The "barber" is an arthropod of the class Insecta, order Hemiptera, family Reduviidae and subfamily Triatominae that feeds exclusively on homeothermic vertebrates, being called hematophagous (SUCEN, 2015). They are usually sheltered in a place very close to the source of food and can be found in the forest in birds' nests, animal scarf, bark of tree trunk, wood fences and under stones, present average life between one and two years, with evolution of egg, nymph and adult. They exhibit great reproductive capacity and, depending on the species, intense resistance to fasting (VERONESI, 1991).

Life cycle

Eggs: The female copulates once and after about 20 to 30 days begins the posture. Each female oviposes about 200 eggs. Egg hatching occurs on average 25 days after laying (BENENSON, 1992; VERONESI, 1991).

Nymphs: Eggs hatch into nymphs, which seek food 2 or 3 days after birth. After your first meal the nymph will suffer loss of your skin. The "barber" passes in the whole by 5 seedlings until reaching the adult stage (BENENSON, 1992).

Adults: The adult lives for a few months, reaching a year or more. The females do the first posture with about 2 months. After laying, they tend to migrate and form new colonies. The life cycle lasts on average from 1 to 2 years (BENENSON, 1992).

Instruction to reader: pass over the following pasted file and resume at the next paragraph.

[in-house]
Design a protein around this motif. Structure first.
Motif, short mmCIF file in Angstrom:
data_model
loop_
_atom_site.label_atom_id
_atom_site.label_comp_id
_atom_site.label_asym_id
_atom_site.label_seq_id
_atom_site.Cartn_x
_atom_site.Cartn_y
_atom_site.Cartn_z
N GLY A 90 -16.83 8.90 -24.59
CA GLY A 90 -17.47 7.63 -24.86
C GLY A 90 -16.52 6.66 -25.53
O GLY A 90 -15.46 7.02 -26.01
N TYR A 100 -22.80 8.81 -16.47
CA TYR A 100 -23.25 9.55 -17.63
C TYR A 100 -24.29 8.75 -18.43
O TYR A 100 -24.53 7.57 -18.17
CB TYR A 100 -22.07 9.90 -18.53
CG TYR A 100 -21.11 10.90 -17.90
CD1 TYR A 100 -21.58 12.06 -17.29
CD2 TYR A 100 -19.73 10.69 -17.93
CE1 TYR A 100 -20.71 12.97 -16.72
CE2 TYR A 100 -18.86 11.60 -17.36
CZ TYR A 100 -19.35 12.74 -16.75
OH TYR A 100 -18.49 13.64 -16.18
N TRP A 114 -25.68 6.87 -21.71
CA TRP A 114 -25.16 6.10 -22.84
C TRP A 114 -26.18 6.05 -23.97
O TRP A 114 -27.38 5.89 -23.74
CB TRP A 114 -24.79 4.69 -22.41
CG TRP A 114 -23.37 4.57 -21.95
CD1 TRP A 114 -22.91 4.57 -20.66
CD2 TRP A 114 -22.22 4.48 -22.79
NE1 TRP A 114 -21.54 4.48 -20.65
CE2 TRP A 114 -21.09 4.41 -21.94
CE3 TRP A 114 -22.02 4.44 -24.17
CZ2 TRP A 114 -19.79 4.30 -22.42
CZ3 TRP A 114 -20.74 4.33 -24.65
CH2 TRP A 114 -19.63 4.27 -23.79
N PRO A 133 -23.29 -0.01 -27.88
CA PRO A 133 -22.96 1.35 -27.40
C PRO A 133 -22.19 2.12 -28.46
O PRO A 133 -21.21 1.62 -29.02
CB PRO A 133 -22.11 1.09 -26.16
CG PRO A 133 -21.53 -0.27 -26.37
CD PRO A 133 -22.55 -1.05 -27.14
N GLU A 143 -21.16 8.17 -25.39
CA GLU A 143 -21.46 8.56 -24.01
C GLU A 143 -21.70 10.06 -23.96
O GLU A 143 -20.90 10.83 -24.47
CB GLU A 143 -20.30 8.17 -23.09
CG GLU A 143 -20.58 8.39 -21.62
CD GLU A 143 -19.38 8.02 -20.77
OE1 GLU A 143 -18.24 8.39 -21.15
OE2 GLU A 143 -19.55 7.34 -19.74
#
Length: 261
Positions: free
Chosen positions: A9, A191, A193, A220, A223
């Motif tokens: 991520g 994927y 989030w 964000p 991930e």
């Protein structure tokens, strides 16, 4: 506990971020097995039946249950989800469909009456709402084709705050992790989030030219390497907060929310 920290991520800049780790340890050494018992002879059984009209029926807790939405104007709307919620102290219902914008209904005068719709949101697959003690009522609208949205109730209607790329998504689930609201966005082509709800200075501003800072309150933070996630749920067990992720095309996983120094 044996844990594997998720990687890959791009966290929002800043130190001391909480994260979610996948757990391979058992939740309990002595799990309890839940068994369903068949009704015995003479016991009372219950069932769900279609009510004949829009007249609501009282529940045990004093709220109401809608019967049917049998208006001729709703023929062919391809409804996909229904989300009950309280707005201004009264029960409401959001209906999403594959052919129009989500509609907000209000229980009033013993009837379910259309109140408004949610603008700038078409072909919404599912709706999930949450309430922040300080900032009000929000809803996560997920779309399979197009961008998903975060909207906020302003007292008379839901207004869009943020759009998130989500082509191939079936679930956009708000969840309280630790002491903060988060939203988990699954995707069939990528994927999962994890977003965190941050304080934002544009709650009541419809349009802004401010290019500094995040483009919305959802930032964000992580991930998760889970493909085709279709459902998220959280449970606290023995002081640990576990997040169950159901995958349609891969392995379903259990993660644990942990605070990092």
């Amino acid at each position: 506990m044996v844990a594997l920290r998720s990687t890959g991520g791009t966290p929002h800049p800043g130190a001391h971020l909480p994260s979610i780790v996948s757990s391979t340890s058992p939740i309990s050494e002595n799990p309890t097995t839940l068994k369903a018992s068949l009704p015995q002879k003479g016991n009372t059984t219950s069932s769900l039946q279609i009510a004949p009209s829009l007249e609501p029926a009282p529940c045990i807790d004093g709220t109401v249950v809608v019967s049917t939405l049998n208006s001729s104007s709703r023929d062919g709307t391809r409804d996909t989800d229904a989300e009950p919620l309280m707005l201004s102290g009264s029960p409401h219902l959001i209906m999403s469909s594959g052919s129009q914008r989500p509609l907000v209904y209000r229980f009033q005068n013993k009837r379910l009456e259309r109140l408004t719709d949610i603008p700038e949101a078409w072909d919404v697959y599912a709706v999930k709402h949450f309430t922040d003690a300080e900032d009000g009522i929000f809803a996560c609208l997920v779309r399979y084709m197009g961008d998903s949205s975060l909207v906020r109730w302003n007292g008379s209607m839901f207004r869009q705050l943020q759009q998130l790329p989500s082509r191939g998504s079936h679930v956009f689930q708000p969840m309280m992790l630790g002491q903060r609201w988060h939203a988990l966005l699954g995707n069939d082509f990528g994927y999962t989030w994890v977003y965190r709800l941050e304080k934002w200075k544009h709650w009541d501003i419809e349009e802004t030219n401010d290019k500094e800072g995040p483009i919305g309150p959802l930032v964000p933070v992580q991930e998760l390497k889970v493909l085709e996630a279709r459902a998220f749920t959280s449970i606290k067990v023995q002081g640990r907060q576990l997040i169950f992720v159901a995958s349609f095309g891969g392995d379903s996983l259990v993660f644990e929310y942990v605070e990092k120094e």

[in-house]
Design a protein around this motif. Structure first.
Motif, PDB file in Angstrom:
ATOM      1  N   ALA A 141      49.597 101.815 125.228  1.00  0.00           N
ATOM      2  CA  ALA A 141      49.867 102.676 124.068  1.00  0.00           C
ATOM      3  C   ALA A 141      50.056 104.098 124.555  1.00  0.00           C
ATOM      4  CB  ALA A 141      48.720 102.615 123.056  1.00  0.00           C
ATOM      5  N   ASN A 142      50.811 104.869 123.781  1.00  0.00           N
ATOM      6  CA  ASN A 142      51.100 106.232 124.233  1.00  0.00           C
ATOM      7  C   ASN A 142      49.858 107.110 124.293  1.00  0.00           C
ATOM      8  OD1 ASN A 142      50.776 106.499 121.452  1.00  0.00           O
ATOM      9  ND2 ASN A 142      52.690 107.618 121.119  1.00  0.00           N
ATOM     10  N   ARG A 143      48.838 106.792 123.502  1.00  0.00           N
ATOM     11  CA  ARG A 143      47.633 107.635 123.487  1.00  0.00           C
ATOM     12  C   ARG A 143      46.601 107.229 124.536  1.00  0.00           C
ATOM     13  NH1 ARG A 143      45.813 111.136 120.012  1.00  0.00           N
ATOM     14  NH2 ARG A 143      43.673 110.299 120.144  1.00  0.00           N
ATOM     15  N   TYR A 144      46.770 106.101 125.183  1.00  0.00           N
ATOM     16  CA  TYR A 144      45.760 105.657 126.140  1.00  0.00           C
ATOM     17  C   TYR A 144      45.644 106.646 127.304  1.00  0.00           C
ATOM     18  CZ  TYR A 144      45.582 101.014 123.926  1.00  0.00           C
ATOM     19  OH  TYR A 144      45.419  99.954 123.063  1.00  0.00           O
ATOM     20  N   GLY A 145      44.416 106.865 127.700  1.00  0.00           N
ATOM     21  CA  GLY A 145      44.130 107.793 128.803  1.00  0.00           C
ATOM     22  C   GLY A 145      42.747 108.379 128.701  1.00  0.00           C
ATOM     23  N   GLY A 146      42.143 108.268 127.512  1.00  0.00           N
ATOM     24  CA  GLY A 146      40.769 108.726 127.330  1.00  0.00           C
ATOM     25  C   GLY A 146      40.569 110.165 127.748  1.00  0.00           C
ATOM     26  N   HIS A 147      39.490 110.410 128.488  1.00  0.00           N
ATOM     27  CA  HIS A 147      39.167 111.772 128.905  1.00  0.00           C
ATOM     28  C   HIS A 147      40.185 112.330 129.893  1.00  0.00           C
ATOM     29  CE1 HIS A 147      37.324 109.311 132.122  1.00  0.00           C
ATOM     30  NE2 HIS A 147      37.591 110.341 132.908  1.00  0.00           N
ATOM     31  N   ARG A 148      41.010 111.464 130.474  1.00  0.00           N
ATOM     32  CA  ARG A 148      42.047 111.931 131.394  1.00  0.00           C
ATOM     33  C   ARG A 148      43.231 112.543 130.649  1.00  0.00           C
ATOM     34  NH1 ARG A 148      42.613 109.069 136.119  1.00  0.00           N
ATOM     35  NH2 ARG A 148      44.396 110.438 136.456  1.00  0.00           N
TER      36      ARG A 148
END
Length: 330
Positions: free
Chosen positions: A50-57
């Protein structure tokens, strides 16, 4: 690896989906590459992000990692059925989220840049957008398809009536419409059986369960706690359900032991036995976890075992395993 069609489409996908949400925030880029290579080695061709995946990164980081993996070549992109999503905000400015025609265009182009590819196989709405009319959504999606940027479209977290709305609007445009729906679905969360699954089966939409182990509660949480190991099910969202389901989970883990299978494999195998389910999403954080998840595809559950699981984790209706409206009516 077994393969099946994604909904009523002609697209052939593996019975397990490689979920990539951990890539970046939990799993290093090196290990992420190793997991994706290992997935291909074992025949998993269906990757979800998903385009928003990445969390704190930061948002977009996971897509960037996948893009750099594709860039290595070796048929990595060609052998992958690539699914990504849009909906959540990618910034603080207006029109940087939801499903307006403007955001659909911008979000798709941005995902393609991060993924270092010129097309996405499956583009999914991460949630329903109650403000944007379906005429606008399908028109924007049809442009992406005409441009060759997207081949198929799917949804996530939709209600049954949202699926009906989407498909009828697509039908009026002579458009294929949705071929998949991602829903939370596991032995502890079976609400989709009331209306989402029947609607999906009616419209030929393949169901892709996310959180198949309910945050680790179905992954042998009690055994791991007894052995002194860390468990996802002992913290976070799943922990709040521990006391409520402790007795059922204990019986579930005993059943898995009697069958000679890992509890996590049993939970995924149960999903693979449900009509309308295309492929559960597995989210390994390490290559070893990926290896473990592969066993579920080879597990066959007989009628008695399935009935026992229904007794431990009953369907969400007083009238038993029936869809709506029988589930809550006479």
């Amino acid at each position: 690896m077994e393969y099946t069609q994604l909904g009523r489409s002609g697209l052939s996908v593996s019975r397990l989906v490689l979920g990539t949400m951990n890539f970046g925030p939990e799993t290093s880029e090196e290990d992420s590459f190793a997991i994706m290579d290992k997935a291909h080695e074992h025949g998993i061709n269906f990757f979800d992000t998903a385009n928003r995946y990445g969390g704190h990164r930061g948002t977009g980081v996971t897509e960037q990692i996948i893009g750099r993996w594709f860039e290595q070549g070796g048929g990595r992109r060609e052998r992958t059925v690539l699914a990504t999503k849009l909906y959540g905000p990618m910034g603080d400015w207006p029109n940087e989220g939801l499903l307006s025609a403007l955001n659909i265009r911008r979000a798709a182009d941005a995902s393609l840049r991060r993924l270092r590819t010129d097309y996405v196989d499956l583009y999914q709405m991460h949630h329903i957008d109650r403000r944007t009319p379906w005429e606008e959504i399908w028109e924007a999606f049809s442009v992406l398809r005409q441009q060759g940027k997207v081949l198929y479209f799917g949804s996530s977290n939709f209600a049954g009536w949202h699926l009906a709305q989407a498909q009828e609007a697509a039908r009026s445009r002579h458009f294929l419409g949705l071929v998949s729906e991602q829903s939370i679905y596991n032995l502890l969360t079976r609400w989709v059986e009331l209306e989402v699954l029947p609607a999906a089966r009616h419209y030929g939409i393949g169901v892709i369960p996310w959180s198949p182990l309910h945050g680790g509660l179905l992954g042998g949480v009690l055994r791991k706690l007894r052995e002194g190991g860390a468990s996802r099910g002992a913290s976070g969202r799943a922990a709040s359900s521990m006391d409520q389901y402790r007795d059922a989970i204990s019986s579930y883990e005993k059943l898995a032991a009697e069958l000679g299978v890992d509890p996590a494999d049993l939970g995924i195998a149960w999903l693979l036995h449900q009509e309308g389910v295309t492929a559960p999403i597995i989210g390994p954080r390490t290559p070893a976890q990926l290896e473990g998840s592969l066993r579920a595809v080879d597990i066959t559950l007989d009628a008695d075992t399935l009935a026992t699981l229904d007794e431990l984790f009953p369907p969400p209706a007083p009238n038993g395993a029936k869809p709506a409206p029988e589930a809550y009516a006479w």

Ecological distribution of triatomines

118 species of triatomines are known, and 105 are from the New World, both potential vectors for T. cruzi (VERONESI, 1991), being the most important vector in northeastern Brazil, often found in wild and peridomiciliary habitats, where is strongly associated with shelters of goats, chickens and rocky ecotopes, and in the home environment it has birds and humans as the main food source (SUCEN, 2015).

Clinic and diagnosis

The acute form of the disease usually occurs in children, with the presence of late chronic manifestations. The clinical manifestations are rare, being characterized by fever of variable intensity, malaise, lymphadenopathy and hepatosplenomegaly (REY, 1999).

Diagnosis in the acute phase is established by demonstration of the parasite by blood, culture or immunodiagnostic screening (REY, 1999).


Due to the infection transmission cycle, the control measures are generally directed to the control of the vector through chemical and biological control (SUCEN, 2015), and the quality control of the blood transfused through the supervision of the hemotherapy units in the control of quality of blood to be transfused through the serological screening of all blood donors with at least two sensitivity techniques (SUCEN, 2015, FUNASA, 2015).

The main objective was to expose the epidemiological situation of Chagas disease in Brazil from 2001 to 2014, resulting in the quantification of confirmed cases in the regions and identification of the regions with the highest percentage of cases.


The research was carried out without the approval of the Ethics Chamber in Animal Experimentation (CEUA), since it did not evaluate the use of animals, but rather a platform of the Ministry of Health / SVS – Information System of Notification Aggravations – SINAN online that allows the collection of tabulated and revised information.